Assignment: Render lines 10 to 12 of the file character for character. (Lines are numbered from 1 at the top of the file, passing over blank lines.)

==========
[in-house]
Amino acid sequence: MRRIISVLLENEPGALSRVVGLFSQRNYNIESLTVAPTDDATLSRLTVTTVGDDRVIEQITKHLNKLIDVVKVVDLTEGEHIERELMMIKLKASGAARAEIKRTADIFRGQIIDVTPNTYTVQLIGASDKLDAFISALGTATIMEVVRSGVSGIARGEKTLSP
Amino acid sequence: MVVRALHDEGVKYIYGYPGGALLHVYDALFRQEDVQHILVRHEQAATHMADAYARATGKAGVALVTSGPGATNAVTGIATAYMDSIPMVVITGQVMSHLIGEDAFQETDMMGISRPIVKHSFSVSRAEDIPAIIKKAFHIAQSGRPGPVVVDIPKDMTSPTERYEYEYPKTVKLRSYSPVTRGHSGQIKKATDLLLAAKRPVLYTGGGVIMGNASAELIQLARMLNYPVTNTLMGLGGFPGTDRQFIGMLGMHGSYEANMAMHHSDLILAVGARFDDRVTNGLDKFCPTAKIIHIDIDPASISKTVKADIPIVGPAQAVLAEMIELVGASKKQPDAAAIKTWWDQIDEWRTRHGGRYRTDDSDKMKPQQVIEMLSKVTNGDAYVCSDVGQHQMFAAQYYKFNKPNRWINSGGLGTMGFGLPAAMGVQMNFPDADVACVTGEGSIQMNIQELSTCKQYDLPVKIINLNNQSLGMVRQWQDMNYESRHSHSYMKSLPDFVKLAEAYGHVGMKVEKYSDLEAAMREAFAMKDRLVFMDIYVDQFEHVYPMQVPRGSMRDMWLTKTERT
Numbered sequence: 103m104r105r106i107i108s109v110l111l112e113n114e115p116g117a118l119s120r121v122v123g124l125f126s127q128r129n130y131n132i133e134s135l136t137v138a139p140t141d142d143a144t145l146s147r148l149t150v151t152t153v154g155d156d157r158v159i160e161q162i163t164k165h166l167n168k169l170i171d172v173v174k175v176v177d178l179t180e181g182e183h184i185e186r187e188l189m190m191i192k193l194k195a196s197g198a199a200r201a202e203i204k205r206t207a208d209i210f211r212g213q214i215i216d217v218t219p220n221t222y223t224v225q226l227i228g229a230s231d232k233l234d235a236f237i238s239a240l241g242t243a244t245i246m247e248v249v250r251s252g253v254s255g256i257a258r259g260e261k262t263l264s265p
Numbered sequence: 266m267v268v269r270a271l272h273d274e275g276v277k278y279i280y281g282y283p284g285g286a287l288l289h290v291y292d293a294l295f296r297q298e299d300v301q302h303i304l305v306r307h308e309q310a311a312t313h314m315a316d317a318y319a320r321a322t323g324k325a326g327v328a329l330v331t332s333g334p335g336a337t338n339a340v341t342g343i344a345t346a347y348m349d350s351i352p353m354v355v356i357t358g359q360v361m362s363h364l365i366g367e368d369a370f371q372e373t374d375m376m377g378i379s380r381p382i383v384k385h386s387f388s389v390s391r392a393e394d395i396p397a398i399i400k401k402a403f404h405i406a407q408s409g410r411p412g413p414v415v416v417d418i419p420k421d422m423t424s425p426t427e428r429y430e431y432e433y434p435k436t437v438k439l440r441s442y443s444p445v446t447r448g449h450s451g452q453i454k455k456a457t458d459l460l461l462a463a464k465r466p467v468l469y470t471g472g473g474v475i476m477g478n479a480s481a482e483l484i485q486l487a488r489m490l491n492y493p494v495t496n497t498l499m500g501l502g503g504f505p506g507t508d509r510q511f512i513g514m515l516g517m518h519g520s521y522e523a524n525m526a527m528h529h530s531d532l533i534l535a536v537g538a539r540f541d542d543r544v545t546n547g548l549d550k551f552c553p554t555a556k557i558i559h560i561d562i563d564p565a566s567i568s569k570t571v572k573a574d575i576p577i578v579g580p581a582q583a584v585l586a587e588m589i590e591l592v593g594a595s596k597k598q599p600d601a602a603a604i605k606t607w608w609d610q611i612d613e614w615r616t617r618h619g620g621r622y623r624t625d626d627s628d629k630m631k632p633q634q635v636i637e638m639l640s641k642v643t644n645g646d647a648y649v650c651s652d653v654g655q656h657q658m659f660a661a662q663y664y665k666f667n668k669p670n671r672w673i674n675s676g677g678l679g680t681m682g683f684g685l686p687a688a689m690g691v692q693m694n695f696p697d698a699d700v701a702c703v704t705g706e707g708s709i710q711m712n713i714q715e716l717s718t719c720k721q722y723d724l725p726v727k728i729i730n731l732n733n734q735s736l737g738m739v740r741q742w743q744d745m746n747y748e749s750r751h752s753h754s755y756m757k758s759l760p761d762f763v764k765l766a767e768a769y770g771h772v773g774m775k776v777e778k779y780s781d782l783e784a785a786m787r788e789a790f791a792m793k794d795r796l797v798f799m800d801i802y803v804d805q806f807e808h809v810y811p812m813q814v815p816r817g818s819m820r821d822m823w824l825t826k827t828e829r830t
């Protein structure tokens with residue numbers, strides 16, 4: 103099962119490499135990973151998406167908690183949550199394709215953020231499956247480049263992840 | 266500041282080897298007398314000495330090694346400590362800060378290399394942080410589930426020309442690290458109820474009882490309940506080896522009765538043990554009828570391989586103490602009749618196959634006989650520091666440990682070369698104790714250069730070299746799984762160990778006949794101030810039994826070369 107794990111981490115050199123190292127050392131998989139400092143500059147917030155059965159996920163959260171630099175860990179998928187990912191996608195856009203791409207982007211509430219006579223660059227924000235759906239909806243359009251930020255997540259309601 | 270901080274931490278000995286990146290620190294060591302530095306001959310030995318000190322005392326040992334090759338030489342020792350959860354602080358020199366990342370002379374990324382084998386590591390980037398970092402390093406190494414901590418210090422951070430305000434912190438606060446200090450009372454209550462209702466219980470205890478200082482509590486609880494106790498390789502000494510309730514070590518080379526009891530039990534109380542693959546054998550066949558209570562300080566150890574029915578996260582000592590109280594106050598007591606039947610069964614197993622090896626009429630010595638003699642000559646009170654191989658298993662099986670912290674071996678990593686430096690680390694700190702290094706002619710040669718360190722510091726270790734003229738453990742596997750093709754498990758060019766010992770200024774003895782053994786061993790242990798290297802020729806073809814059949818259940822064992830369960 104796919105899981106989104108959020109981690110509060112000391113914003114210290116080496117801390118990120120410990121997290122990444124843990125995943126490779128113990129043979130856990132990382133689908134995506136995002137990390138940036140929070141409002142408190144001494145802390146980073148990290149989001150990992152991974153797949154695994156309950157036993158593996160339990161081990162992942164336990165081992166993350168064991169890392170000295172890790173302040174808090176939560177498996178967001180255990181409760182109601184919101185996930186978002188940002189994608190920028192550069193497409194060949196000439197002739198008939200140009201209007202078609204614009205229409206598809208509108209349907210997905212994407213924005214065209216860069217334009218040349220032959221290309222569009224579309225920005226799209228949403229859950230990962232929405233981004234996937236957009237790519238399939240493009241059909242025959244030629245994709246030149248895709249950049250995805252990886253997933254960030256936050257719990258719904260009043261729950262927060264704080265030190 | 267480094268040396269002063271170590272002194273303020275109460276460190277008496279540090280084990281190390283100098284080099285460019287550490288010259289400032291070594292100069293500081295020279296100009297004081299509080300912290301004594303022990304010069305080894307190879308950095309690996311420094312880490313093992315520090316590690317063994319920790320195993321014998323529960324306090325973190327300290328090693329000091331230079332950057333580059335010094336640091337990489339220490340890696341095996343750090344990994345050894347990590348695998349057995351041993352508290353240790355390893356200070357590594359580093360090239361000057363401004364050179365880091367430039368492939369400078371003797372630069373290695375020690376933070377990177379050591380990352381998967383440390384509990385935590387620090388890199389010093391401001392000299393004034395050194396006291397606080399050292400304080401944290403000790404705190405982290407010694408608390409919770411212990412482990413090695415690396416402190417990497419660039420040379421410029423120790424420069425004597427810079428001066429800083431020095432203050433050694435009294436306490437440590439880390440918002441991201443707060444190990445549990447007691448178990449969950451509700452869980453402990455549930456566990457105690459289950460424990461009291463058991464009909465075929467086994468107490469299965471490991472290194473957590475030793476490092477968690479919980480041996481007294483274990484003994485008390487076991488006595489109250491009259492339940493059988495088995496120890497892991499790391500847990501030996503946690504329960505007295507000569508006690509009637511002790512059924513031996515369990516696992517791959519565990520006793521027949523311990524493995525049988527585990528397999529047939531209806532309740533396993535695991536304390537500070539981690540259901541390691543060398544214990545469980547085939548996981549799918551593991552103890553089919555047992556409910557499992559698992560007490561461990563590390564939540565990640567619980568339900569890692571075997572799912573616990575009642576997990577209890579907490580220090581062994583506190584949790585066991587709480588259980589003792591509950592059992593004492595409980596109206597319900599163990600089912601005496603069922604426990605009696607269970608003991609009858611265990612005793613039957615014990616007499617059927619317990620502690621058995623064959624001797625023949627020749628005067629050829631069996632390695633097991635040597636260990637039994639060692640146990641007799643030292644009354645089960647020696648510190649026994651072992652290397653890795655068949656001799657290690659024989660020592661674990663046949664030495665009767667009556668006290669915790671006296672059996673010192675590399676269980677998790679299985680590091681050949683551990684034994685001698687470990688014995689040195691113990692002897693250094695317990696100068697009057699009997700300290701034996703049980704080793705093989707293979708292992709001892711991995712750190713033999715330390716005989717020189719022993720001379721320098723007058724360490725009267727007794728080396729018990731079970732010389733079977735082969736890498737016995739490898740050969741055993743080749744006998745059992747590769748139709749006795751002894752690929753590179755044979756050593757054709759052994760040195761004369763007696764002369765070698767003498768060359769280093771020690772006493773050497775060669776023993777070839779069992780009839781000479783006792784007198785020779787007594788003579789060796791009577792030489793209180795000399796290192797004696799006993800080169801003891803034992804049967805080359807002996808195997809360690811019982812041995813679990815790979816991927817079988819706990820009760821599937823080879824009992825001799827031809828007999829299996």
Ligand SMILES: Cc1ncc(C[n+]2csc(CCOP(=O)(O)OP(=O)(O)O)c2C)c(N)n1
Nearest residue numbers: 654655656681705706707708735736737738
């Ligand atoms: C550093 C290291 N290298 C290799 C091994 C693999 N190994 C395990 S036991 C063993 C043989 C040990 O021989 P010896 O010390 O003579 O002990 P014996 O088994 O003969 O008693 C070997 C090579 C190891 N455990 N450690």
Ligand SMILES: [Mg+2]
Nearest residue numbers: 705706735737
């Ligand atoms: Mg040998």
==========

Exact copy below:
Ligand SMILES: [Mg+2]
Nearest residue numbers: 705706735737
């Ligand atoms: Mg040998």